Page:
Yes they can, and yes they have. Now, I remember a while ago Google banned BMW because they did a few dodgy stuff in terms of cloaking. Now, they brought them back, and they did a few other dodgy things, but Google brought BMW back because BMW was probably piling on some pressure maybe, I don’t know. You would think that they would have brought BMW back because a lot of people were searching for it and they couldn’t find it.

I believe it could have been the BMW, the Dutch, not the Dutch, sorry, the German version of the site went down. In saying that, Google has probably sent the message, “If we did it to BMW, we can do it to anybody.” Manipulating Google search engine, it doesn’t make sense from a business point of view. Now, if you’ve got your own affiliate sites and you really want to test things out, like I get why some people want to test things out using black hat tactics.

If you’ve got a legitimate business, if you’ve got a real business, it just doesn’t make sense to do black hat SEO not because Google says it’s bad, or not even because Google will ban you, but because it’s not smart for business. Building great content is something Google loves, because people love it. Your emphasis as a business owner should always be what do the customers want first. That’s the same thing that Google happens to want.

What people want is generally what Google wants. When you focus more on user behavior in your SEO, you usually go a lot further. It takes a lot longer. It’s the long path but it’s the right one.

5. Is Google search engine still upgrading?

Of course. I don’t think I would use the word upgrading. They’re obviously tweaking their algorithm. Upgrading could be understood in many different ways. I would say they’re advancing their search engine algorithm. Now, they’re getting better at obviously understanding our behaviour norm, and they want to start adopting in technology to understand us through machine learning and artificial intelligence.

Google, I think, eventually will get to a point where they will be so far advanced that I think that they really don’t want to rely on links. I get the feeling that they don’t want to rely on links as much as they have historically, and really how much they still do today. They really want to focus primarily on how do we deliver the best search results based upon what people are clicking. They would literally shuffle results around now if they believe that more people are clicking third over first. They’ll drop first, and they’ll increase third place rankings if they believe they solve the user’s intent.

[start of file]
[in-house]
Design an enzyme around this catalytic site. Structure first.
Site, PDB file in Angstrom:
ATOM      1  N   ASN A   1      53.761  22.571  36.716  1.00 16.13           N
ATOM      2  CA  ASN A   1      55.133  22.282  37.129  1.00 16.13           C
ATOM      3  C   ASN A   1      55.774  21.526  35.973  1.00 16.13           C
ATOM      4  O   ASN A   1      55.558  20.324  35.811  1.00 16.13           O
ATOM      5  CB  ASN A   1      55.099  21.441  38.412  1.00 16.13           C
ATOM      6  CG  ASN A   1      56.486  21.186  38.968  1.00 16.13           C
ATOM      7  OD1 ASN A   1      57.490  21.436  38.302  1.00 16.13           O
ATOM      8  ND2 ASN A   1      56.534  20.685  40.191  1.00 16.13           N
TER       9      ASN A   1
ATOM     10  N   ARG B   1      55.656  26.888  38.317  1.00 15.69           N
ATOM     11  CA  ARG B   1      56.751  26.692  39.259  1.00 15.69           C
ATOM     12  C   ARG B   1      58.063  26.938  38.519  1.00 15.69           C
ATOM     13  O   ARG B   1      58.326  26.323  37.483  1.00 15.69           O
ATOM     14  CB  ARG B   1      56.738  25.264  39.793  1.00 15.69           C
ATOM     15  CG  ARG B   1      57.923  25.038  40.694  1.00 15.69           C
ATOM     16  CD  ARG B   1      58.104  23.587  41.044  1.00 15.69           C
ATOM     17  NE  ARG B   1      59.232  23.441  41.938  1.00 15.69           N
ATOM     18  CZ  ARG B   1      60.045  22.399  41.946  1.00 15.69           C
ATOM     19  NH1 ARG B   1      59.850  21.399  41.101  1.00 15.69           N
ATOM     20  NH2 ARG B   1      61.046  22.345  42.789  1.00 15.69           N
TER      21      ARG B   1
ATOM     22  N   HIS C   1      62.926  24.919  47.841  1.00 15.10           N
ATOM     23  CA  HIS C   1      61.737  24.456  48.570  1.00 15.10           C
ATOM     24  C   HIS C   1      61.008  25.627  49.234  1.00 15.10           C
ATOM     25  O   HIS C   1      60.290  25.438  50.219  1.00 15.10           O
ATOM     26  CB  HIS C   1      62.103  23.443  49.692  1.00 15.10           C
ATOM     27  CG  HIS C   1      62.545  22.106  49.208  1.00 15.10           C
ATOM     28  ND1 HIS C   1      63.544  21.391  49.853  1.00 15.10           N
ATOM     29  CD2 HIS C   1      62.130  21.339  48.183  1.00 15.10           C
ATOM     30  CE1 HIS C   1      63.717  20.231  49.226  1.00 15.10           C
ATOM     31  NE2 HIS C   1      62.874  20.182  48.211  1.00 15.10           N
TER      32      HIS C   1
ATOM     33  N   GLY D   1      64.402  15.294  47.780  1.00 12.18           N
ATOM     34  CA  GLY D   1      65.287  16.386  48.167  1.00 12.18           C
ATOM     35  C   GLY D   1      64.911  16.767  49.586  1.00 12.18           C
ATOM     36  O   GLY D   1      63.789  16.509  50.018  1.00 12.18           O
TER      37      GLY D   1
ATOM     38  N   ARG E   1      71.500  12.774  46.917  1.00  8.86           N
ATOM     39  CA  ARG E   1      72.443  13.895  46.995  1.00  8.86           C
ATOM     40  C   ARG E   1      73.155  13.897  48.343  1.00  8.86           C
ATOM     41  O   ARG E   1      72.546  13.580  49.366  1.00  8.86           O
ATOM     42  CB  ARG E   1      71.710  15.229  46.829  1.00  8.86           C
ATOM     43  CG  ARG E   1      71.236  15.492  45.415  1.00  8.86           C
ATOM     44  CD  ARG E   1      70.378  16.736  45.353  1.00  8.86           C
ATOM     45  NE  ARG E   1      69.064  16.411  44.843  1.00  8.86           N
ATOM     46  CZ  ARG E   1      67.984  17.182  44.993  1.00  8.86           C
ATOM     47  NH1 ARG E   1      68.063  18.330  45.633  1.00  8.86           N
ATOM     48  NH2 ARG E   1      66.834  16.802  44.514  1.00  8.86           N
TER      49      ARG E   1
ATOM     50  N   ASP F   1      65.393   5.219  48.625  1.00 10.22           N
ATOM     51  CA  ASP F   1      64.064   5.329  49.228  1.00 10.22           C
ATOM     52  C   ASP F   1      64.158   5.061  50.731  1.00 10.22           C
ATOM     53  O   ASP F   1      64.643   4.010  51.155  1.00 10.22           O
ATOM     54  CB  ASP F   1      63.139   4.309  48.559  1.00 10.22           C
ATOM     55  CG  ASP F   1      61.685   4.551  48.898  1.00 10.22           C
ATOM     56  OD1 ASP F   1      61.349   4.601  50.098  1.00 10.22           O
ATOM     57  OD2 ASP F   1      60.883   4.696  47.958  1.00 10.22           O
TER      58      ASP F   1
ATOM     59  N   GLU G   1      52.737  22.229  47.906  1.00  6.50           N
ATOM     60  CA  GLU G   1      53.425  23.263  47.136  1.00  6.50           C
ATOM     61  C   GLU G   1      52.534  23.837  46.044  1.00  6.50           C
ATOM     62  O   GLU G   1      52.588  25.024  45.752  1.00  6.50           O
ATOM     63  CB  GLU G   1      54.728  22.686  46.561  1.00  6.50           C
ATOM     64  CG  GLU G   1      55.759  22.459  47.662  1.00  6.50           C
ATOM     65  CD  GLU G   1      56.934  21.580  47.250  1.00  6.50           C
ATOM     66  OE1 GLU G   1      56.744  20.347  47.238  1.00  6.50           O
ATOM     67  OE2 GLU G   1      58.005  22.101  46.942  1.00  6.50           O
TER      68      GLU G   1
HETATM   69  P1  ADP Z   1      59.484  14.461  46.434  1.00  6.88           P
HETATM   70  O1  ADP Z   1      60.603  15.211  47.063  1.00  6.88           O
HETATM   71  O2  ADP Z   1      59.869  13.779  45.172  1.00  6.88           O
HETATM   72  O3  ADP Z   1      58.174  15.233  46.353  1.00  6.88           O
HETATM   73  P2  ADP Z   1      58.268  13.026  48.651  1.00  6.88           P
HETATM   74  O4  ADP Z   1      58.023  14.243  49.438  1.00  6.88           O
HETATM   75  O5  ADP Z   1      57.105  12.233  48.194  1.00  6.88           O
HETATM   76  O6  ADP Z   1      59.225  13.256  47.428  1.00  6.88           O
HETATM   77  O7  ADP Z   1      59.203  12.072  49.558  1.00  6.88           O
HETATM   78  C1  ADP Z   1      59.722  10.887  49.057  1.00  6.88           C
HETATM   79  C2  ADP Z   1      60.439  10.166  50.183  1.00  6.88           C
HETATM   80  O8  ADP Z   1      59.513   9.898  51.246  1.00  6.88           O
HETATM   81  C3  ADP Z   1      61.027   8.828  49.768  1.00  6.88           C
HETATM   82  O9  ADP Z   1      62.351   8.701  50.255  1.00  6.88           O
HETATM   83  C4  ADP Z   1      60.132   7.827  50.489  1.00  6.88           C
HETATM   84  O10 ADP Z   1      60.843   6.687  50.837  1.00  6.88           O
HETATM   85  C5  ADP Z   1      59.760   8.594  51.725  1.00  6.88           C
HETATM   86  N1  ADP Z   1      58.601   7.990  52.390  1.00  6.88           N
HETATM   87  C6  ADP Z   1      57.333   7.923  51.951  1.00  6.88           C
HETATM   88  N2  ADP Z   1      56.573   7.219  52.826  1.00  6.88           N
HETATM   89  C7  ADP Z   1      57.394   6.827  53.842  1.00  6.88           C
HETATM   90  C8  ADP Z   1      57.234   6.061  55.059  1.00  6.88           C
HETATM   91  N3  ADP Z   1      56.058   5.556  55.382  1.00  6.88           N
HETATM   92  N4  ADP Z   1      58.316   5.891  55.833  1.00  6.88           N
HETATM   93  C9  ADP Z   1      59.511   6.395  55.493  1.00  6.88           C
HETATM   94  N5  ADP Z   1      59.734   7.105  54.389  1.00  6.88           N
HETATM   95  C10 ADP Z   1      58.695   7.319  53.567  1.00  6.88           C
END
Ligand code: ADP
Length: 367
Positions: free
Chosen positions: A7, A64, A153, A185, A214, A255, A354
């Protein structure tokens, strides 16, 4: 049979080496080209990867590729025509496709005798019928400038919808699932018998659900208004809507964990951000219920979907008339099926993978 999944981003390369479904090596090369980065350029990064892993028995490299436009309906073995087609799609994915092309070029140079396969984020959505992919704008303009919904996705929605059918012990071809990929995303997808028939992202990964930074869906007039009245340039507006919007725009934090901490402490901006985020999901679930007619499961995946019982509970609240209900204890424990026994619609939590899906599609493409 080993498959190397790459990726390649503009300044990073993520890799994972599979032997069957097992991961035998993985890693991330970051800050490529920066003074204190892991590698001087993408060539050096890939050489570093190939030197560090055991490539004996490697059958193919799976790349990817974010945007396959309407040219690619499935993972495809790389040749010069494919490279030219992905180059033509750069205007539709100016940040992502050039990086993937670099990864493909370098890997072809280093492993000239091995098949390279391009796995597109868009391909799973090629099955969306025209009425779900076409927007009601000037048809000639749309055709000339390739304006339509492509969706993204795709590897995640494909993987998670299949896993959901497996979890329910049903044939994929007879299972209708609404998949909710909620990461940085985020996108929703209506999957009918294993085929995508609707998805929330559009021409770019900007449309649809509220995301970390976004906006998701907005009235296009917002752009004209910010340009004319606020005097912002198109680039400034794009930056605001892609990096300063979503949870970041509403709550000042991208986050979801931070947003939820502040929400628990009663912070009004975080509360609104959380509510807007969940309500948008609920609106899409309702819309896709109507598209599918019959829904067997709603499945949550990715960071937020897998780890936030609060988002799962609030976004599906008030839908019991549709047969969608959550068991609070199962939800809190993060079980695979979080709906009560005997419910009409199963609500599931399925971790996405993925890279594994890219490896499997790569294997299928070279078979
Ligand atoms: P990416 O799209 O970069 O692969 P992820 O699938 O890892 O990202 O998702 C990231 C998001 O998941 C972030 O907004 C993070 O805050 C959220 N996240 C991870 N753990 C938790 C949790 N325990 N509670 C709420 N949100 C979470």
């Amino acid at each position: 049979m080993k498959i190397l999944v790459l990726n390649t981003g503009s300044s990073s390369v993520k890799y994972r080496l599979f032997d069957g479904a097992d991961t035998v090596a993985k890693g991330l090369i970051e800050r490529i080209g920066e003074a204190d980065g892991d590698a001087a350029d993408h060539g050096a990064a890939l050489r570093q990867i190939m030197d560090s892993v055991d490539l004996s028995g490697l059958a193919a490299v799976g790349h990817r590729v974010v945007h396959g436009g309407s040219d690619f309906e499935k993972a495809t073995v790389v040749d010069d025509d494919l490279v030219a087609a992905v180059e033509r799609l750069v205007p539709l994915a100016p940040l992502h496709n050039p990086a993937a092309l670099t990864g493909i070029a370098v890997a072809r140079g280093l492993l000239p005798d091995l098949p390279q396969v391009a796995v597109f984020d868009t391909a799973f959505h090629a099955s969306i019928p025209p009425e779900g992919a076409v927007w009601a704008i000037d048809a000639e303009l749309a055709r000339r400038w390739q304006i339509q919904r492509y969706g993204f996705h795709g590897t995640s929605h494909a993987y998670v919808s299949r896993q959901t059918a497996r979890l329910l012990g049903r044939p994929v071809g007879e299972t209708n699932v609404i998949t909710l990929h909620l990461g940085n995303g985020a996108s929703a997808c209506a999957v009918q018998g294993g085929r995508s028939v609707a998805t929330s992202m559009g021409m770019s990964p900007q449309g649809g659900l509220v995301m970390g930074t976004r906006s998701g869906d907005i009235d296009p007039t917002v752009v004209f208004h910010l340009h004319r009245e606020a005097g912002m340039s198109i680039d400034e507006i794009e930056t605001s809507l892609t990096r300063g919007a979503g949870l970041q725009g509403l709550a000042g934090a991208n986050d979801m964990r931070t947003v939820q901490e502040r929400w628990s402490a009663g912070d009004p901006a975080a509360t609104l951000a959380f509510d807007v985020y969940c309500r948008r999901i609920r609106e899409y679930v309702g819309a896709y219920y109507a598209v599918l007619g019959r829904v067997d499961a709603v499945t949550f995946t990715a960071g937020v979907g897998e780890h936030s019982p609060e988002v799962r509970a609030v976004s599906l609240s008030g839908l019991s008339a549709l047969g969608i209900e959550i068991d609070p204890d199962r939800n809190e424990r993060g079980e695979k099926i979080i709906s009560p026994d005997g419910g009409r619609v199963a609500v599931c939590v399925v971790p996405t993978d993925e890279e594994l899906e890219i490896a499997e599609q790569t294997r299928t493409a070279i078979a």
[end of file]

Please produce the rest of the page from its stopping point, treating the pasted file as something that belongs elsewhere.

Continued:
What Google’s big on right now, and it’s only going to get bigger on is understanding what the intent of the user is. If they’re searching for a jaguar, are they searching for the animal, are they searching about the car, and really owning and making sure that permeates more in their algorithm. Your behavior matters to Google so much, and they don’t want to necessarily always rely on links as the dominant way that they do now in terms of working out quality content.

I think that obviously makes them vulnerable as well, so they really want to push forward with machine learning and artificial intelligence. Good question.

6. Why is it so tough now to rank organically on the first page of search results?

I just talked about this about a year or two ago and it’s probably more so now. I think if you look at the amount of competition there is, I think more people know about SEO, so more people are investing in SEOs to do work on their websites. Which means that when I started in 2008, you might have a client and maybe only 20% of their competitors are using SEOs, if you’re lucky. Probably was never a lot less than 20% of their major competitors.

Now, I would say that in most competitive industries 90% of competitors, especially major competitors are using SEOs. Definitely 80%. If you’re in very tough industries like jewellery or you’re in a tough industry like travel, law, dentistry, you can almost guarantee that 80% of your competitors have other SEOs. What makes it so tough is you’re dealing with other SEOs and obviously companies that are investing heavily into SEO, as well as companies realizing, “You know what, I need to start doing this SEO thing finally.” That’s obviously grown in importance.

The amount of effort that’s going into it is increasing, the amount of websites people are building. I still see businesses without websites. I still see that, but not as often as I did seven years ago. If any business walks in now, walks into this meeting and I say to them, “Do you have a website?” And they say, “No.” I’m like, “Do you understand that it’s important?” Yes. They’ll probably give me a reason why they haven’t built one yet. No one’s really going to say “website, not that important”.